the Bluecoat, Liverpool, UK
the Bluecoat, Liverpool, UK
Keith Piper’s Robot Bodies (1988/2016), which introduces this exhibition at Liverpool’s Bluecoat (in association with Iniva), is an interactive archive of what the artist calls ‘notes on the dissection of a robot’s body’. Navigated by means of an ergonomic trackball mounted on a plinth, this projected repository of audio clips, dictionary definitions and blurred thumbnail images offers a set of instructions on how to operate intelligent machines. By clicking through links, the user is inculcated into a narrative of discipline and control: robots are ‘generally benign’ but susceptible to ‘rogue influences’; cyborgs, the products of miscegenation, will inevitably be subject to ‘loyalties antipathetic to the ones by which we govern’.
The pairing of stills from science-fiction films with pictures of plantation workers, extravagantly muscled black men and slave branks makes clear that artificial intelligence is a metaphorical vehicle for contemporary tensions around race and labour. On a flatscreen monitor to the left of the projection flickers footage of a lunar rover: an expendable technology abandoned to its fate. The images are punctuated by a question – ‘Ain’t I a robot?’: an adaptation of Sojourner Truth’s famous accusation, which suggests that the analogy with artificial intelligence extends to issues of gender as much as race.
The coalition between artificial intelligence and oppressed minorities – lesbians, trans people, migrants, non-whites, animals and extraterrestrials – against dominant white male cultures has been a staple of feminist science fiction since the 1970s. This strain of anti-humanism, characterized by its active celebration of the decline of man (or Man), is the foundation of the accelerationist and xenofeminist conviction that the Left should unite in hastening the collapse of civil society as we know it. Unearthing the Banker’s Bones (2016), a three-channel film installation commissioned by the Arts Council and the centrepiece of Piper’s exhibition, imagines such a scenario.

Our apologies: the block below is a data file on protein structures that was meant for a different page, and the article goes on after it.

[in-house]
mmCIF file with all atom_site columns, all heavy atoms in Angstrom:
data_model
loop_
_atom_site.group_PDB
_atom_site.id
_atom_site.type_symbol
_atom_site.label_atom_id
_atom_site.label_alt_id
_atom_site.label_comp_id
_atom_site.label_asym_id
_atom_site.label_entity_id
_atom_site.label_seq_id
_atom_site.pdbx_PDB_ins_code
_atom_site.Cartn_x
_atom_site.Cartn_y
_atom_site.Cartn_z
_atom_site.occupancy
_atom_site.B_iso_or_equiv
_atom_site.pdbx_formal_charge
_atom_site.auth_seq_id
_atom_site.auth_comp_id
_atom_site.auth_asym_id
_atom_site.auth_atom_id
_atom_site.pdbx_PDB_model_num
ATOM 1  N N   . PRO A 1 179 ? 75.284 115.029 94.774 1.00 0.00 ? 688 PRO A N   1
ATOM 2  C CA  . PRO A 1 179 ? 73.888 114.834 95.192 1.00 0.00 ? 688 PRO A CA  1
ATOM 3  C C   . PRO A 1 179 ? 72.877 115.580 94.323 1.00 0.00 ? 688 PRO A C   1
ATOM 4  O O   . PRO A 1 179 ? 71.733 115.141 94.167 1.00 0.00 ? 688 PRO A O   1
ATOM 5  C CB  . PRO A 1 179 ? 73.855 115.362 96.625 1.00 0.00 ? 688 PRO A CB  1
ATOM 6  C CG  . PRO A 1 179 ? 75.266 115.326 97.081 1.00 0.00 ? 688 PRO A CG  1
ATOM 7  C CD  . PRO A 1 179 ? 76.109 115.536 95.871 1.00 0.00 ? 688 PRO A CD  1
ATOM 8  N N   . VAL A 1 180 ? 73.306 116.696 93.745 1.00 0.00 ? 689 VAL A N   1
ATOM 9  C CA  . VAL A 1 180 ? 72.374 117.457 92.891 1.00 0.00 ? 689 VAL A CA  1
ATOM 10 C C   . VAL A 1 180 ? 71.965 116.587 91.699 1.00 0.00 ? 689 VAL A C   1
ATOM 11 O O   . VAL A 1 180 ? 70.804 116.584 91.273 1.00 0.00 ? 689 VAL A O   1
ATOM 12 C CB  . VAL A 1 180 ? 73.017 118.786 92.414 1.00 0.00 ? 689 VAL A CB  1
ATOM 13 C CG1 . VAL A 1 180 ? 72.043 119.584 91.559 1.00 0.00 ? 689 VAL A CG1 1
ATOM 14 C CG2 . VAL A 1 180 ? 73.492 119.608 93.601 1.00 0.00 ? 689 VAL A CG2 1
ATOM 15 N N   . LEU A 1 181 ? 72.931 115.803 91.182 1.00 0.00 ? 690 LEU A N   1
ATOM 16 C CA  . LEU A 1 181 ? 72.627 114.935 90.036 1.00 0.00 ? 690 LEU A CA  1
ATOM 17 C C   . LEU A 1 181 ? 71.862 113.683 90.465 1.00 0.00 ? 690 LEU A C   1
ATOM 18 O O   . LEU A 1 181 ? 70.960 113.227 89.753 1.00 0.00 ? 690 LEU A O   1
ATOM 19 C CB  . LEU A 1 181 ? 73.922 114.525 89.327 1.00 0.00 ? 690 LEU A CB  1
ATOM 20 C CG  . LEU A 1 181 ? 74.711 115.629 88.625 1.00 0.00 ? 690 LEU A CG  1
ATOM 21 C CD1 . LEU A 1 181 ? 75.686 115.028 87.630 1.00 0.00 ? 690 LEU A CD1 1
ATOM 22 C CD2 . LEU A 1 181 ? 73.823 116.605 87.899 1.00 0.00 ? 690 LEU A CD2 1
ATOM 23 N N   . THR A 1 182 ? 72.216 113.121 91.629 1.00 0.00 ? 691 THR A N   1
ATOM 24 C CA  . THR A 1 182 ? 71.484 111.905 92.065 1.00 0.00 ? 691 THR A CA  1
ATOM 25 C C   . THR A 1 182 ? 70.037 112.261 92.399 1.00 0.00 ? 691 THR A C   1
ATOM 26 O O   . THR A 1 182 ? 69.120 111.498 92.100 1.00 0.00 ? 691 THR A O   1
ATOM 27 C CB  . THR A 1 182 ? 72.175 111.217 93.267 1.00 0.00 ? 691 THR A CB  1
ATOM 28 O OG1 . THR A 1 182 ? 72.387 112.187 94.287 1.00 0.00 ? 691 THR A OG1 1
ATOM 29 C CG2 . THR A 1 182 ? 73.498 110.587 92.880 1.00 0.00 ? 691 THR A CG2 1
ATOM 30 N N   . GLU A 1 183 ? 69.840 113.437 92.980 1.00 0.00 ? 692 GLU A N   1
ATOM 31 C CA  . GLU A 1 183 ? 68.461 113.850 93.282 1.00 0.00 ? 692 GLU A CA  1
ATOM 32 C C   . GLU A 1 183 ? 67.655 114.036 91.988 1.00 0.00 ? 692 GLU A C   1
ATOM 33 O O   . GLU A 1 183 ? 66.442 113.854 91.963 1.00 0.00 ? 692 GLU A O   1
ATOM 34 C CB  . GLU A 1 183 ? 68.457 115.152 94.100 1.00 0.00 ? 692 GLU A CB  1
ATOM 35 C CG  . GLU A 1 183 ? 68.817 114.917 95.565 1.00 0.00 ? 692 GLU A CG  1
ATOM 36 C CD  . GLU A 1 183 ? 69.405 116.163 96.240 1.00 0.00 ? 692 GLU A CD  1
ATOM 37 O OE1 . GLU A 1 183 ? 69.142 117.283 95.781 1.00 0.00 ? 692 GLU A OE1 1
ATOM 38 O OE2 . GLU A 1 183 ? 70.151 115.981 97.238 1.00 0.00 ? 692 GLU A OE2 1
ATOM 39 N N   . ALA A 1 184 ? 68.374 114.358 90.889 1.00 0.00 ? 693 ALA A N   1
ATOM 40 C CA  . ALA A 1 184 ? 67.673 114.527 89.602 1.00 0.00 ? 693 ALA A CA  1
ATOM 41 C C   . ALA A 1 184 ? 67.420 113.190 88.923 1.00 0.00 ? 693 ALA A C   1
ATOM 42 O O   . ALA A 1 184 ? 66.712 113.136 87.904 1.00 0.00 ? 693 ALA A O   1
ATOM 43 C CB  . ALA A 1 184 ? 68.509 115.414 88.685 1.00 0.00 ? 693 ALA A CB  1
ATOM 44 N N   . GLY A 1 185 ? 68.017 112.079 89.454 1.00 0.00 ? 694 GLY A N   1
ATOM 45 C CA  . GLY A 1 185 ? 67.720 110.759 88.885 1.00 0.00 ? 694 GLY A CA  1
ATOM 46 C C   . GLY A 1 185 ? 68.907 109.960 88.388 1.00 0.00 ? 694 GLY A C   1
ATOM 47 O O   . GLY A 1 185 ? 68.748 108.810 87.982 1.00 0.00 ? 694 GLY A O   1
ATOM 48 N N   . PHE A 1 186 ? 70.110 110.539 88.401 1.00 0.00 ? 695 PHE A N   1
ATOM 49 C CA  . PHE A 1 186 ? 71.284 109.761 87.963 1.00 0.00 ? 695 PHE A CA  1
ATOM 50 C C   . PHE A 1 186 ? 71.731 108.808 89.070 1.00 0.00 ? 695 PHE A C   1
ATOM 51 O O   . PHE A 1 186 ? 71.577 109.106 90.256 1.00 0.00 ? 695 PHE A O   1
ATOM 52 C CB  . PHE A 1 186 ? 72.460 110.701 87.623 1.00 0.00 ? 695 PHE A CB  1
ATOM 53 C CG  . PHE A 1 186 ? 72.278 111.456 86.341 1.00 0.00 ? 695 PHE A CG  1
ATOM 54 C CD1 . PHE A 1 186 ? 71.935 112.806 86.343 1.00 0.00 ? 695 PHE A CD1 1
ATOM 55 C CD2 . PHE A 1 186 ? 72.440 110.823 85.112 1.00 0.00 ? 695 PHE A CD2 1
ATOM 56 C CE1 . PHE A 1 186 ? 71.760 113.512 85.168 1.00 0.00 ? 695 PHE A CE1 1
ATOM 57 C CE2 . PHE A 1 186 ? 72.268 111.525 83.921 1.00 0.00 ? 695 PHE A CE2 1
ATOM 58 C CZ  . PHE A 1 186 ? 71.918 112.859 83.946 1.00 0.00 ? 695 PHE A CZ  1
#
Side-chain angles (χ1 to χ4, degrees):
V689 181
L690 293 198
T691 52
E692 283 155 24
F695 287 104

Taking its cue from the uncompleted final instalment of Octavia Butler’s ‘Parables’ trilogy (begun in 1993), this short video challenges Fredric Jameson’s famous statement that it is ‘easier to imagine the end of the world than the end of capitalism’. Capitalism – the world as we know it – is personified by a white, male banker; his opposite is a trickster figure who, according to the voiceover, ‘paces the edge of the Anthropocene’. The landscape splices the City of London skyline with a post-apocalyptic desert, a terrain sucked dry by capitalism and upended by global migration. Travelling forward in time, the trickster digs up the bones of the banker, by now deceased (‘a victim of his own internal contradictions’). These are presented in a vitrine alongside three open ledgers attesting to his plunder.
The implication is that while it might be difficult for empowered white men to imagine or countenance the end of capitalism, it’s pretty straightforward for everyone else. A suite of four unstretched paintings in an adjoining room play on a variety of canonical references with a sledgehammer subtlety only partly alleviated by cartoonish humour. Artist and patron in Gustave Courbet’s The Meeting (1854) are replaced by banker and empire; robots are set adrift on Théodore Géricault’s The Raft of the Medusa (1818–19); and, ultimately, the banker appears as Andrea Mantegna’s Dead Christ (c.1480).
I visited this exhibition twice: once prior to the election of a US president whose espousal of racist, authoritarian and misogynist ideologies recalls the most lurid science-fiction, and again after. The tub-thumping of Unearthing the Banker’s Bones struck me, on the first occasion, as unhelpfully reductive, even histrionic; on the second, it felt entirely appropriate to the times. For all that it lacks nuance, the exhibition serves as a reminder that the crisis of man should not be cause for lamentation (or sympathy for those historically privileged members of society who now feel ‘forgotten’). The oppressed will, according to Piper’s vision of the future, not only inherit the earth but rewrite its history. We can only hope he is right.